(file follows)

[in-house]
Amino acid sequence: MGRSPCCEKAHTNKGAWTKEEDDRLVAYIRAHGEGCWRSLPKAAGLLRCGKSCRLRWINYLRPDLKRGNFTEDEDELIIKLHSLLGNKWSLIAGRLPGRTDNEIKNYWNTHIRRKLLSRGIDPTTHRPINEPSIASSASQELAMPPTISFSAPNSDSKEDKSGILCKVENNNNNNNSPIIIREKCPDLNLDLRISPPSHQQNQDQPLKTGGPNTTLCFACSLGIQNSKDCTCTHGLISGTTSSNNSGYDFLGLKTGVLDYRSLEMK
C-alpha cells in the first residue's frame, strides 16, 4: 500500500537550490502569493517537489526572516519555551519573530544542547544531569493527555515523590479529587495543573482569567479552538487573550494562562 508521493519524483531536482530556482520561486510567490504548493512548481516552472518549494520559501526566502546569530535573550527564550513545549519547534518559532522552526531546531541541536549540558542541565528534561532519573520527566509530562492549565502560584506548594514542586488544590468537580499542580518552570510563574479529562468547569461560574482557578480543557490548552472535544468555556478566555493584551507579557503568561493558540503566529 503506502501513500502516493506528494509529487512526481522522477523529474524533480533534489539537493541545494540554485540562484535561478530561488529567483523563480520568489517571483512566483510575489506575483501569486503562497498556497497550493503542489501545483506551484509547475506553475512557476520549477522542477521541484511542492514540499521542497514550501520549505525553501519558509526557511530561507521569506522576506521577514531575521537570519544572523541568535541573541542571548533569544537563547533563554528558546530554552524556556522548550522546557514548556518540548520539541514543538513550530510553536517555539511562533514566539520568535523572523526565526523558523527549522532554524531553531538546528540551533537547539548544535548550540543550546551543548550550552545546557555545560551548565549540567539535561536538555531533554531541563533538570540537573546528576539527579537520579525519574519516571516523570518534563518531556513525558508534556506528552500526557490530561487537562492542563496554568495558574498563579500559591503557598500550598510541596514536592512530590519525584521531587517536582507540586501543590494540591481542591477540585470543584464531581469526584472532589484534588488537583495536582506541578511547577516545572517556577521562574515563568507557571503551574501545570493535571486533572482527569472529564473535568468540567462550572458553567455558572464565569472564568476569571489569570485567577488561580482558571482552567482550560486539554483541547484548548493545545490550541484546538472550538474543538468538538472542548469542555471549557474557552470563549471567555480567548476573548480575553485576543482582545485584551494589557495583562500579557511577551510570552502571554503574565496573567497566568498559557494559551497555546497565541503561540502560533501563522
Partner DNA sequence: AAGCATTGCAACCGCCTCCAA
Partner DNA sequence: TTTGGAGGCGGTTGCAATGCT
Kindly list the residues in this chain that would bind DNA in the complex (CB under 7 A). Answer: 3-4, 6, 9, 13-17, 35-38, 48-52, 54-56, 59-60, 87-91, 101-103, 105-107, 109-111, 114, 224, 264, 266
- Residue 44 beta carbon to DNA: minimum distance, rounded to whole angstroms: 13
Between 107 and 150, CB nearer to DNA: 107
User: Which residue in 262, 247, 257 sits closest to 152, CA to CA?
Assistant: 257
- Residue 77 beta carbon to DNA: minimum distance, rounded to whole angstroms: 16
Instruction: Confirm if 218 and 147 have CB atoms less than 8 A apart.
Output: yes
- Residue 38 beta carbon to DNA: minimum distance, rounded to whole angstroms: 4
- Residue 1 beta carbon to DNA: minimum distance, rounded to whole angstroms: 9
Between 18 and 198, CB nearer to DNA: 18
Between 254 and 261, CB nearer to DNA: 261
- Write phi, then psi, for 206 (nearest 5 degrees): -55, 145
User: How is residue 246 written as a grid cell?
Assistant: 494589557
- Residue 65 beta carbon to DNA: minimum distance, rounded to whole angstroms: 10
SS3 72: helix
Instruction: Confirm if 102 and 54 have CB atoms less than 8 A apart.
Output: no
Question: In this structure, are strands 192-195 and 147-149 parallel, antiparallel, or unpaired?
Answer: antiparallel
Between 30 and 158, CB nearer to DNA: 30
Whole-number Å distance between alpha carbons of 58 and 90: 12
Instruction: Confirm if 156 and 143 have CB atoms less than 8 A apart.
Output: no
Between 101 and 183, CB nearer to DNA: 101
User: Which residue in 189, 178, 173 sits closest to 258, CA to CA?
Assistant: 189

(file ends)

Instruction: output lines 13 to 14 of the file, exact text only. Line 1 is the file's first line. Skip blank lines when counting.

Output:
Output: yes
- Residue 38 beta carbon to DNA: minimum distance, rounded to whole angstroms: 4